They look like proud fathers, passing the mantle to the next generation of action heroes, who could potentially help the Expendables sequels reach double digits while Stallone does his bit for the cause with a zimmer frame rocket launcher.
THE UNBEATABLES (U)
The beautiful game turns ugly in Juan Jose Campanella’s free-flowing computer-animated fantasy.
Released on home turf in South America more than a year ago where it scored a record-breaking opening weekend, this English language version is a visual treat.
However, the script scores a few own goals with a tepid romantic subplot and an emotionally underpowered final shootout that fails to rouse audiences.
In football, timing is crucial and can mean the difference between hard-fought victory and soul-destroying defeat. The timing of The Unbeatables seems slightly off.
Surely Campanella’s film should have kicked off four weeks ago on the crest of a post-World Cup wave rather than standing on the touchlines until the start of the new Premier League season?
The film’s unlikely hero is Amadeo (voiced by Rupert Grint), who lives in a small village with his publican father (Darren Boyd).
The lad is a wizard at table football and when local bully Flash (Anthony Head) challenges Amadeo to a match in front of the lovely Lara (Eve Ponsonby), Amadeo overcomes his nerves to emerge victorious with his favoured yellow and green striped team.
Flash vows revenge. Many years later, the bully returns as a footballing superstar with a slimy agent (Stanley Townsend) and a contract, signed by the mayor, granting him permission to build a gargantuan stadium on top of the village.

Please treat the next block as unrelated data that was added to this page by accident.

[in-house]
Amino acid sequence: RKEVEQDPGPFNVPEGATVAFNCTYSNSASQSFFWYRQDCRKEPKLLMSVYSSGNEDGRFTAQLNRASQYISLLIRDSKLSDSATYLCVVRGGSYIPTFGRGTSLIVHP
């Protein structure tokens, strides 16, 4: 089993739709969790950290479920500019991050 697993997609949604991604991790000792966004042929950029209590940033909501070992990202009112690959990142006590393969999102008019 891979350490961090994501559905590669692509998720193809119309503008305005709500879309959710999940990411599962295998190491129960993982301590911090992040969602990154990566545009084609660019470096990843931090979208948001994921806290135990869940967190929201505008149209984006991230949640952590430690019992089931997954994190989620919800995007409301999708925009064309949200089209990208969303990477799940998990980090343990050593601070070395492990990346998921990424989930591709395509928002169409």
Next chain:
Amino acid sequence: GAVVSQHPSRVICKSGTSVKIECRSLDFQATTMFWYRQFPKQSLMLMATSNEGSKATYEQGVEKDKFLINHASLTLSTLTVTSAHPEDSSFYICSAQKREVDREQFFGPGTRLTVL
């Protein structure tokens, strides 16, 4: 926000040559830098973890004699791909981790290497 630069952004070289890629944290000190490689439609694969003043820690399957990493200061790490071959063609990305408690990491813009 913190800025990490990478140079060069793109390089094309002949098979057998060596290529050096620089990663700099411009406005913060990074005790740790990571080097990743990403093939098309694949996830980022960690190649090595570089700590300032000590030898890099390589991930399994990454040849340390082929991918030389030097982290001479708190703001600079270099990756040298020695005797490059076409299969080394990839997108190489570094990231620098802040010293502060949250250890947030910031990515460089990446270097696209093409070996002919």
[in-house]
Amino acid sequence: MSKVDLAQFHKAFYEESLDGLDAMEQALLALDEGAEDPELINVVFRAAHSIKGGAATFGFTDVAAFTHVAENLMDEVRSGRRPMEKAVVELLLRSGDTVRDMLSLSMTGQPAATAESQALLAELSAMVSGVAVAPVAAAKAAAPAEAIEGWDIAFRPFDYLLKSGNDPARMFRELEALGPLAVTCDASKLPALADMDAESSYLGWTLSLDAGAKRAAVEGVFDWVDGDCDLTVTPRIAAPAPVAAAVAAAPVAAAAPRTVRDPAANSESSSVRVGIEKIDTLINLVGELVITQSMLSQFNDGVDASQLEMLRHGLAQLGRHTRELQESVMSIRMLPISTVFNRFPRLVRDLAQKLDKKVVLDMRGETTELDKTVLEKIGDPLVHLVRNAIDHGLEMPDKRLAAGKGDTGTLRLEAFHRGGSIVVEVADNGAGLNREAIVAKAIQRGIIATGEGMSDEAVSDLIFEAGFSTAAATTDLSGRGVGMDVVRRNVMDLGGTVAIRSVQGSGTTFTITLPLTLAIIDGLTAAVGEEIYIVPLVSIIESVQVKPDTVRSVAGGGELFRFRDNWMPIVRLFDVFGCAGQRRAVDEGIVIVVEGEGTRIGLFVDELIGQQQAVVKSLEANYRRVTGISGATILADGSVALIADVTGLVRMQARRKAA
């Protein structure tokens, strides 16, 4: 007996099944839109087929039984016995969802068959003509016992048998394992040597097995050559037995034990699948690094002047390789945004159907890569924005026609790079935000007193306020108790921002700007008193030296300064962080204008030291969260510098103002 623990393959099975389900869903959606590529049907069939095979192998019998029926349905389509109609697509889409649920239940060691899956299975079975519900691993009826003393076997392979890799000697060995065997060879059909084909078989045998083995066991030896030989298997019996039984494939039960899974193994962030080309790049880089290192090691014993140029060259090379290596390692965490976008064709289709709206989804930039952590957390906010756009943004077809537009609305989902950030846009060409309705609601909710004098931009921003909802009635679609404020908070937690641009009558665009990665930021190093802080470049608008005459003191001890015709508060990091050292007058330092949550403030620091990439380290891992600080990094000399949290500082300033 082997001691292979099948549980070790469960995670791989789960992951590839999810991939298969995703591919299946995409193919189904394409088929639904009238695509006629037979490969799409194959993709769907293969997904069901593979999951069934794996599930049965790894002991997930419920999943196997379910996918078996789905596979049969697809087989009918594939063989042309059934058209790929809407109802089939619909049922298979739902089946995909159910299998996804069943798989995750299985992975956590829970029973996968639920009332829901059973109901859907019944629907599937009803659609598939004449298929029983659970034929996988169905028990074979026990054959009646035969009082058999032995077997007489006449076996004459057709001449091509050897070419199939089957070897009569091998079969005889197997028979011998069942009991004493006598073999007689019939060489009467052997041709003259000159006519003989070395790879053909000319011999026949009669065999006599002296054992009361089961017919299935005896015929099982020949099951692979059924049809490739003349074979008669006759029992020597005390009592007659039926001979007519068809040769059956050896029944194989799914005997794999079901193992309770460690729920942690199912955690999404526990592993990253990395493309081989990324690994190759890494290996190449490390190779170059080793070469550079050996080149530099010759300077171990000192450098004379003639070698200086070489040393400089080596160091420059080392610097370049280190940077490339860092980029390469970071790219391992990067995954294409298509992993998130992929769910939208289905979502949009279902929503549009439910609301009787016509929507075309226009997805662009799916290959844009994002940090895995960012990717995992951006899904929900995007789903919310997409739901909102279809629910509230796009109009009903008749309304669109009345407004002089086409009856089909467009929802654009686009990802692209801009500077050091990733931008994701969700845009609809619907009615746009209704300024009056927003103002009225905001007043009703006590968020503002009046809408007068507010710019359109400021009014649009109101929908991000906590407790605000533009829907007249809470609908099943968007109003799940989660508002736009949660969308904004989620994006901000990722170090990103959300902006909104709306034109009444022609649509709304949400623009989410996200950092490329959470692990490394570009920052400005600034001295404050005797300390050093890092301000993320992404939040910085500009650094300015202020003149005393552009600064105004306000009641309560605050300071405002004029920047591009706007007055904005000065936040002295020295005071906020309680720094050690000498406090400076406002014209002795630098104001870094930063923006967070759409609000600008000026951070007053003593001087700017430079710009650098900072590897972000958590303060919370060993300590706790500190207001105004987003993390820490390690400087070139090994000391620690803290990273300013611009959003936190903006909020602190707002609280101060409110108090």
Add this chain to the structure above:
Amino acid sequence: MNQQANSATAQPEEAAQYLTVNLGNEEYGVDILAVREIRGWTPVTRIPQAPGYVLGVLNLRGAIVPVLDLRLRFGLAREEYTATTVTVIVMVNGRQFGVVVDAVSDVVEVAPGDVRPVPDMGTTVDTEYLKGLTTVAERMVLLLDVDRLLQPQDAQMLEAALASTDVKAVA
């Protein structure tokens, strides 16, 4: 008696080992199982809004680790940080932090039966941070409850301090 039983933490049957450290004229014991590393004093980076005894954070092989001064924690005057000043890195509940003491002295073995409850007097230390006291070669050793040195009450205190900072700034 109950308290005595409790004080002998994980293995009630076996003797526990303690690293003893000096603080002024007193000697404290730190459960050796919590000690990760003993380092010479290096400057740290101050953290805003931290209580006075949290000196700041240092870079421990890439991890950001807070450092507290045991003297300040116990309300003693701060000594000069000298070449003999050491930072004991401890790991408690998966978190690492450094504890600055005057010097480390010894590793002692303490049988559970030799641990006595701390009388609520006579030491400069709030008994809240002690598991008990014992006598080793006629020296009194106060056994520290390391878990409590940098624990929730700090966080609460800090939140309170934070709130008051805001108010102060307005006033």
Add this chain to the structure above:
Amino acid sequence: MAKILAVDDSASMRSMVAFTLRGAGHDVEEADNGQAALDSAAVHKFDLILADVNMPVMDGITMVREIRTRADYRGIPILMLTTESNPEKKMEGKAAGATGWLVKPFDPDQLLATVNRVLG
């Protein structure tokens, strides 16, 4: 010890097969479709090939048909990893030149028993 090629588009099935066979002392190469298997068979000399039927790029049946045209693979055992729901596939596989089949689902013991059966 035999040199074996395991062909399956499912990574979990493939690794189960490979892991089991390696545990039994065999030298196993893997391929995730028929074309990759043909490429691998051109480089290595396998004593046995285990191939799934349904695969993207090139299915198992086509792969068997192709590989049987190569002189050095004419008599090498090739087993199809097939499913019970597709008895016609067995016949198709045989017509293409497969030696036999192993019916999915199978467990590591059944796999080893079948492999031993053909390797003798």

To save the community from the bulldozers, Amadeo reluctantly agrees to a rematch – only this time, they will play on a proper pitch.
In the run-up to the televised grudge fixture, Amadeo’s table footballers magically come to life.
Skip (Ralf Little), captain of the green and yellow stripes, rallies his troops including fellow strikers Rico (Rob Brydon) and Loco (Peter Serafinowicz).
Unfortunately, Amadeo’s best players are barely an inch tall so the lad must recruit eccentric friends and neighbours to his squad.
“It’s going to be like Barcelona against a non-league team with an injury crisis!” despairs Loco.
The Unbeatables is a classic David vs Goliath yarn that pokes fun at the preening prima donnas of the modern game, who earn more in one week for 90 minutes of dribbling than many of us see in a year.
The writers have personalized the dialogue to these shores, including a name check for Accrington Stanley FC and a sideswipe at Sepp Blatter and his organization when Flash’s insidious agent grins, “You can trust me – I worked at FIFA!”
Set pieces including a visit to a fairground are a triumph of style over plausibility, treading water until Amadeo must face his destiny under his rival’s malevolent gaze.
Vocal performances hit the woodwork, combining warmth with some shameless grandstanding from Brydon as the egotist, who spends almost as much time admiring his voluminous locks as he does perfecting his passing shots.